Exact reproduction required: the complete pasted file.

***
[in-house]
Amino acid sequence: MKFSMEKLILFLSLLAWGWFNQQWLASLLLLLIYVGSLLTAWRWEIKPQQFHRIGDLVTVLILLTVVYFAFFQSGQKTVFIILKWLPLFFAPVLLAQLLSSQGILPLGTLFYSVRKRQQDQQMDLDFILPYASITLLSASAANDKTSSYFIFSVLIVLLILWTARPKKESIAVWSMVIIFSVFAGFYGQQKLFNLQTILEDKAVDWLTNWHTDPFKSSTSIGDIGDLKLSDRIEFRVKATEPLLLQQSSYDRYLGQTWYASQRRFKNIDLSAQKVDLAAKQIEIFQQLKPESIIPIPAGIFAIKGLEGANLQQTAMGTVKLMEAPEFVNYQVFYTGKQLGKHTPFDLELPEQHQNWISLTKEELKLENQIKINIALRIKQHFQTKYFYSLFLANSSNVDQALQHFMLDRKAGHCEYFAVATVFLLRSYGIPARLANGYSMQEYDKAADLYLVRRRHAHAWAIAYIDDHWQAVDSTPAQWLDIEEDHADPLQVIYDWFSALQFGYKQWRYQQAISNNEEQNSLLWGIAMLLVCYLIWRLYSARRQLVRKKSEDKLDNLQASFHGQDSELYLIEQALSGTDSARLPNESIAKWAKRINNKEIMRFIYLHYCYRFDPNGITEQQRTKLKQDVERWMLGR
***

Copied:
[in-house]
Amino acid sequence: MKFSMEKLILFLSLLAWGWFNQQWLASLLLLLIYVGSLLTAWRWEIKPQQFHRIGDLVTVLILLTVVYFAFFQSGQKTVFIILKWLPLFFAPVLLAQLLSSQGILPLGTLFYSVRKRQQDQQMDLDFILPYASITLLSASAANDKTSSYFIFSVLIVLLILWTARPKKESIAVWSMVIIFSVFAGFYGQQKLFNLQTILEDKAVDWLTNWHTDPFKSSTSIGDIGDLKLSDRIEFRVKATEPLLLQQSSYDRYLGQTWYASQRRFKNIDLSAQKVDLAAKQIEIFQQLKPESIIPIPAGIFAIKGLEGANLQQTAMGTVKLMEAPEFVNYQVFYTGKQLGKHTPFDLELPEQHQNWISLTKEELKLENQIKINIALRIKQHFQTKYFYSLFLANSSNVDQALQHFMLDRKAGHCEYFAVATVFLLRSYGIPARLANGYSMQEYDKAADLYLVRRRHAHAWAIAYIDDHWQAVDSTPAQWLDIEEDHADPLQVIYDWFSALQFGYKQWRYQQAISNNEEQNSLLWGIAMLLVCYLIWRLYSARRQLVRKKSEDKLDNLQASFHGQDSELYLIEQALSGTDSARLPNESIAKWAKRINNKEIMRFIYLHYCYRFDPNGITEQQRTKLKQDVERWMLGR